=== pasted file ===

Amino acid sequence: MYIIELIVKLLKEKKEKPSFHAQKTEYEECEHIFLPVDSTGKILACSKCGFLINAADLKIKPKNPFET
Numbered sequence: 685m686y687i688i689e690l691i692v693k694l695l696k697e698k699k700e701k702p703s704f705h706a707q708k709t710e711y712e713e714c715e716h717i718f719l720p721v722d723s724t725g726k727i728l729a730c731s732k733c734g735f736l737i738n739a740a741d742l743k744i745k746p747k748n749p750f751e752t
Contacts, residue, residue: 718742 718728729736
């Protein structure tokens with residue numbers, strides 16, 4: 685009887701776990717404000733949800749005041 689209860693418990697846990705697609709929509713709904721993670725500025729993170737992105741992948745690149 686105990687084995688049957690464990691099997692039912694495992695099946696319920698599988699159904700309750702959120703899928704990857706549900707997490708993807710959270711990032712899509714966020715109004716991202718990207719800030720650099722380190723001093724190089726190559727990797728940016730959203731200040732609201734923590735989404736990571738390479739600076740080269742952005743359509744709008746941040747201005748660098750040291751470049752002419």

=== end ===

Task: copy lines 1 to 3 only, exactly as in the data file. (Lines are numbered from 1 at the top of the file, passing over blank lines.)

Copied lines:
Amino acid sequence: MYIIELIVKLLKEKKEKPSFHAQKTEYEECEHIFLPVDSTGKILACSKCGFLINAADLKIKPKNPFET
Numbered sequence: 685m686y687i688i689e690l691i692v693k694l695l696k697e698k699k700e701k702p703s704f705h706a707q708k709t710e711y712e713e714c715e716h717i718f719l720p721v722d723s724t725g726k727i728l729a730c731s732k733c734g735f736l737i738n739a740a741d742l743k744i745k746p747k748n749p750f751e752t
Contacts, residue, residue: 718742 718728729736